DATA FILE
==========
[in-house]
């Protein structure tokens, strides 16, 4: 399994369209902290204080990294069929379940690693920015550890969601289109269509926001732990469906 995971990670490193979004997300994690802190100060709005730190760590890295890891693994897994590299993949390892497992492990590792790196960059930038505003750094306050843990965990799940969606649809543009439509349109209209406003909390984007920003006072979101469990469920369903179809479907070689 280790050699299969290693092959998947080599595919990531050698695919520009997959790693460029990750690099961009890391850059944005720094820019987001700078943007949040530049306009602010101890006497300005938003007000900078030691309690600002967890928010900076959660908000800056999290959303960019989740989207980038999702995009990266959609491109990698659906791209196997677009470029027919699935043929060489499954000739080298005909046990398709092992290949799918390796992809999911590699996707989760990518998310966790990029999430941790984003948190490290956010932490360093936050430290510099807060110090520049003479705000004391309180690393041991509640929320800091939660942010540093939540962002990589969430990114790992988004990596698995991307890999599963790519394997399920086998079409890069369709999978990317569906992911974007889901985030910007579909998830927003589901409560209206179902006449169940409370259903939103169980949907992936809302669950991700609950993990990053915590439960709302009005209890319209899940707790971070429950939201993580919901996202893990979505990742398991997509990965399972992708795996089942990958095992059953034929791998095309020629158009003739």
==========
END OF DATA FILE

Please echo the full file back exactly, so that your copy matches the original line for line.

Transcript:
[in-house]
């Protein structure tokens, strides 16, 4: 399994369209902290204080990294069929379940690693920015550890969601289109269509926001732990469906 995971990670490193979004997300994690802190100060709005730190760590890295890891693994897994590299993949390892497992492990590792790196960059930038505003750094306050843990965990799940969606649809543009439509349109209209406003909390984007920003006072979101469990469920369903179809479907070689 280790050699299969290693092959998947080599595919990531050698695919520009997959790693460029990750690099961009890391850059944005720094820019987001700078943007949040530049306009602010101890006497300005938003007000900078030691309690600002967890928010900076959660908000800056999290959303960019989740989207980038999702995009990266959609491109990698659906791209196997677009470029027919699935043929060489499954000739080298005909046990398709092992290949799918390796992809999911590699996707989760990518998310966790990029999430941790984003948190490290956010932490360093936050430290510099807060110090520049003479705000004391309180690393041991509640929320800091939660942010540093939540962002990589969430990114790992988004990596698995991307890999599963790519394997399920086998079409890069369709999978990317569906992911974007889901985030910007579909998830927003589901409560209206179902006449169940409370259903939103169980949907992936809302669950991700609950993990990053915590439960709302009005209890319209899940707790971070429950939201993580919901996202893990979505990742398991997509990965399972992708795996089942990958095992059953034929791998095309020629158009003739």